Overuse of antibiotics has triggered a resistance crisis that could seriously threaten public health for decades to come. When antibiotics are prescribed too often, or for far too long, microbes resistant to conventional treatments remain and multiply, resulting in the spread of these superbugs. In an effort to reduce reliance on antibiotics, researchers all over the world have made it their mission to challenge the effectiveness of short and long term antibiotic treatments. During one of these important investigations, researchers found that long-term antibiotic treatments for Lyme disease are not superior to short term alternatives.
For this study, researchers sought participants suffering from chronic Lyme disease symptoms, including pain, cognitive difficulties and fatigue. The patients had to prove that their symptoms linked back to the development of the telltale erythema migrans rash, the presence of B. burgdorferi bacteria in their body or a definitive Lyme disease diagnosis obtained through other means.
Researchers randomly split the 280 study participants into three even groups. All participants received a short term course of antibiotics during the first two weeks of the study. Afterward, one group unknowingly received placebos, while the other two groups were prescribed one of two oral antibiotics. For these two groups, the oral antibiotics were continued for 12 full weeks for a total of 14 weeks of antimicrobial treatment.
At regular intervals, all participants completed detailed questionnaires about their health and overall quality of life. The severity scales for each listed symptom allowed researchers to gauge the effectiveness of the given treatments. Researchers closely analyzed the results to determine the level of symptom improvement for every participant and each group as a whole. The results were analyzed and compared to earlier findings through every step of the process to identify unnatural deviations.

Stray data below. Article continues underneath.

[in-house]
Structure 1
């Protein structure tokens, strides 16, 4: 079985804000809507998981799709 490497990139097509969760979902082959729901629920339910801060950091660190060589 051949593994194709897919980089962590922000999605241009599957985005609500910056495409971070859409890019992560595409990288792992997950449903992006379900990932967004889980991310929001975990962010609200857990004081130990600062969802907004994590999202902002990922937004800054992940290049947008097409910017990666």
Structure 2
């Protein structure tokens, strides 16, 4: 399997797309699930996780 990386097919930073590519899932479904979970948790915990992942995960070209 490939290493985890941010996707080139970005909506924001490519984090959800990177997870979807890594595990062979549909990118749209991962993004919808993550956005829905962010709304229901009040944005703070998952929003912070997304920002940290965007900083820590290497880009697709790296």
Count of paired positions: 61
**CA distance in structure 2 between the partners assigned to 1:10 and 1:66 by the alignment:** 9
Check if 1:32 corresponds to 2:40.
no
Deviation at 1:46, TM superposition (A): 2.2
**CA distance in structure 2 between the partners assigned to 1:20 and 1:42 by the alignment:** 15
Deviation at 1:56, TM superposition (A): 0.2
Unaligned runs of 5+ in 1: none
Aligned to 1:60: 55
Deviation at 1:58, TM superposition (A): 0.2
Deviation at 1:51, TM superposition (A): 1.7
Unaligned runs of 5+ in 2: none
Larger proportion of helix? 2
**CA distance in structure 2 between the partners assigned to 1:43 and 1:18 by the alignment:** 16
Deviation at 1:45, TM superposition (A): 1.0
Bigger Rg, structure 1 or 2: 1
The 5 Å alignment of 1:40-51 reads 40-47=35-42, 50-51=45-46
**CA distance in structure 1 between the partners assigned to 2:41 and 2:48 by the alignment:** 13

Since researchers are highly aware of the risks of ending antibiotic treatment early, great effort went into ensuring patients continued the specified treatment until the given end date. One effective method was the use of electronic bottle caps to record patient compliance with the daily requirements for the study.
Patients only discontinued participation in the study after suffering a serious adverse event. To control for the missing data from these participants, researchers utilized imputation techniques while making the necessary calculations. This statistic analyzation technique ensured the recorded measurements accurately reflected the proposed treatments.
Throughout the study, most of the participants suffered minor adverse effects from both the short and long term course of antibiotics. In fact, just over 70% of the participants, or 205 individuals, reported at least one minor side effect during the antibiotic treatment period. Of these minor side effects, photosensitivity, rashes and gastric distress were reported most often. Furthermore, 28 participants suffered serious adverse effects, including severe allergic reactions. Of these individuals, 19 elected to drop out of the study before its intended conclusion.
Researchers found that study participants did not receive a notable improvement in symptom severity or duration from undergoing long term antibiotic treatments. The group that received a short term course of antibiotics exhibited just as much symptom improvement as the two groups receiving the full 14 weeks of treatment.
Researchers involved in this study hope their findings will help end the discourse about the suitability of long term antibiotic treatments for Lyme disease patients. By proving the ineffectiveness of this course of treatment, doctors can avoid prescribing unnecessary, and potentially harmful, antibiotic treatments to these chronic disease sufferers. Unfortunately, the short course of antibiotics will likely need to remain a part of the treatment protocol to eliminate the presence of bacteria, like B. burgdorferi, commonly spread by ticks.